I was diagnosed with stage 3 ovarian cancer in May 2008 since then I have been thru an extensive surgery debulking most of the cancer with my first round of Chemo 2 months after. After 2 more rounds of Chemo with different meds I have not gone into remission. I have lost my hair, my lashes, my eyebrows..but my faith has only grown more and more.

    In April my hair started to grown back (even the gray) I've ditched wearing a wig, working everyday except on Chemo days.

    I cherish every day GOD gives me,,, I laugh more, I hug longer I enjoy my family, friends Next week we celebrate a family wedding and I can't wait to get on that dance floor and be a part of this great celebration.

    It's not over 'till it's over!!! Keep the faith & GOD Bless You always.

  • Debendra Kumar Samal

    Dear Sir/Madam, My mother recently under gone surgery by a cancer specialist of Tumours in B/L ovarian and the BIOPSY Report says it type- papillary Serous carcinoma of ovary of histologic grading-2(moderately differntiated),Surface-Tumour involves ovarian surface on both side,At uterine wall -uterine serosa: involved by ovarian carcinoma,At omentum-metastatic carcinoma seen,At lymph nodes -Rt Para aortic-metastatic carcinoma seen and at staging- Primary tumour(T) pTNM-T3B FIGO-iiiB,Regional Nodes(N) pTNM-N1 FIGO-iiiC,Distance metstasis(M) pTNM-Max.The Tumour represents stage IIIC.please suggest me the further course of treatment.I'm totally confused what to do.what is the percentage of chances of survival of patient at stage IIIC.please sir suggest me.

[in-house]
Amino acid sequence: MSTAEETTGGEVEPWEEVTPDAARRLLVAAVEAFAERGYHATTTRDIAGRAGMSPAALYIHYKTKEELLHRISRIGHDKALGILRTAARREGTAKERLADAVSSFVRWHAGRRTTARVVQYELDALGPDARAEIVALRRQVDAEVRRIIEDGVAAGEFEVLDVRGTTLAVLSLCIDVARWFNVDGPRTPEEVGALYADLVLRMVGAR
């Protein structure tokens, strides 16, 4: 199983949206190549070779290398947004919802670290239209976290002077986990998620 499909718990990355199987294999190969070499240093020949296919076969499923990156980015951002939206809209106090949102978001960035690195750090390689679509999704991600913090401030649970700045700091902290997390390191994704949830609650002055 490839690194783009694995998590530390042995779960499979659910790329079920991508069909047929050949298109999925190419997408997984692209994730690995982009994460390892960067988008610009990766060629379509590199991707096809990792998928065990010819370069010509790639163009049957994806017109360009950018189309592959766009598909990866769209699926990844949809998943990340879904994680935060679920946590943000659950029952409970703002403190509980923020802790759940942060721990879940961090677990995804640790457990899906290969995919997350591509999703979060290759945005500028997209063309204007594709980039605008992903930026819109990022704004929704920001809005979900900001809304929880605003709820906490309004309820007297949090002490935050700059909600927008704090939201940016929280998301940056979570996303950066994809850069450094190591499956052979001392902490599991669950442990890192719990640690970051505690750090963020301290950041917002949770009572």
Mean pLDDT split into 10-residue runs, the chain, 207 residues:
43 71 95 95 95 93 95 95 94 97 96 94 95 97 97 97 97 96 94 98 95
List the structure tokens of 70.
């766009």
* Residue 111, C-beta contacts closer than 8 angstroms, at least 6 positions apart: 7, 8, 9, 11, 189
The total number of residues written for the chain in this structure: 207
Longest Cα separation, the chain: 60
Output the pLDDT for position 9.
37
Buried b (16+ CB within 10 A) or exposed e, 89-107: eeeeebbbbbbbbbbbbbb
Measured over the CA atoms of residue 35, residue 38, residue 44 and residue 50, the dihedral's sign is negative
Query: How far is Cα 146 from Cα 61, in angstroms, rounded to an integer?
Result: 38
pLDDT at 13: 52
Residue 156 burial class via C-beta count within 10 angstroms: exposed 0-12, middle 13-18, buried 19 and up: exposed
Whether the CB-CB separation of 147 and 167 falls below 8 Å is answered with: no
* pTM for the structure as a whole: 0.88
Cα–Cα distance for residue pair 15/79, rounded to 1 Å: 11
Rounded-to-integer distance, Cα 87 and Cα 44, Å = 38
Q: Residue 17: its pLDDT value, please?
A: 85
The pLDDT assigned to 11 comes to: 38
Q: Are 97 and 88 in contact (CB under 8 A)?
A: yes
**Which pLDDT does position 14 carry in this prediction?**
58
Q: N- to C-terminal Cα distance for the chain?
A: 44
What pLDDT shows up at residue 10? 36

• Mo

    My best friends mother has been diagnosed with stage 4 bone cancer, can anyone tell me what that means. My mother died of cancer and I saw how suffered and I believe my friend does npt realize the severity of her mothers condition. I need some answers.

  • Marisol

    my grandma just found out she has cancer for the second time but she has faith and I know God will deliver her

  • Alonda